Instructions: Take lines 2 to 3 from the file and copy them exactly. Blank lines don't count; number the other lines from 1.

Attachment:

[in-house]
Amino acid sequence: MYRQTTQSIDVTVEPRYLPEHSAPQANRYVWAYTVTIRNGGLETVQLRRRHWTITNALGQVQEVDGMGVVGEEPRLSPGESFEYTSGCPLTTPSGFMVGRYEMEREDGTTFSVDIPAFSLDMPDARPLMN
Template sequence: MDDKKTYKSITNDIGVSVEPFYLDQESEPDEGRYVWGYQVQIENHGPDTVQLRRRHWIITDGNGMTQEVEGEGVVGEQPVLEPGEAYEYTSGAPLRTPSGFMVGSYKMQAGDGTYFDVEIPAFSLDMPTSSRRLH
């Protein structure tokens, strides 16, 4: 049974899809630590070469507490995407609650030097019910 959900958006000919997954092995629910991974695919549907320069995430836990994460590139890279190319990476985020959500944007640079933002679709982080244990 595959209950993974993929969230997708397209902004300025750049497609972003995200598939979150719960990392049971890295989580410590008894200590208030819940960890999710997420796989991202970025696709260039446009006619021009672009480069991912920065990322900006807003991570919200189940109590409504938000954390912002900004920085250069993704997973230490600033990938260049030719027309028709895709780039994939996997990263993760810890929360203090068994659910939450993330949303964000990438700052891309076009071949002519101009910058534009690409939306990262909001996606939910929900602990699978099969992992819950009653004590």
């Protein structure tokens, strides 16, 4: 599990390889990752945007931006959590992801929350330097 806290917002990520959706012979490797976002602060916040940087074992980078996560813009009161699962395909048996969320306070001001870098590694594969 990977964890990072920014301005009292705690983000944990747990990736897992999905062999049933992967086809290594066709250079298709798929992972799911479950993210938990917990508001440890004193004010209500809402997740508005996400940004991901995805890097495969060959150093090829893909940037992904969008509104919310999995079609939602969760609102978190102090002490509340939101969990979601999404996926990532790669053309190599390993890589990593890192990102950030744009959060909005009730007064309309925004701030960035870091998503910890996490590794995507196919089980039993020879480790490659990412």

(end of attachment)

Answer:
Amino acid sequence: MYRQTTQSIDVTVEPRYLPEHSAPQANRYVWAYTVTIRNGGLETVQLRRRHWTITNALGQVQEVDGMGVVGEEPRLSPGESFEYTSGCPLTTPSGFMVGRYEMEREDGTTFSVDIPAFSLDMPDARPLMN
Template sequence: MDDKKTYKSITNDIGVSVEPFYLDQESEPDEGRYVWGYQVQIENHGPDTVQLRRRHWIITDGNGMTQEVEGEGVVGEQPVLEPGEAYEYTSGAPLRTPSGFMVGSYKMQAGDGTYFDVEIPAFSLDMPTSSRRLH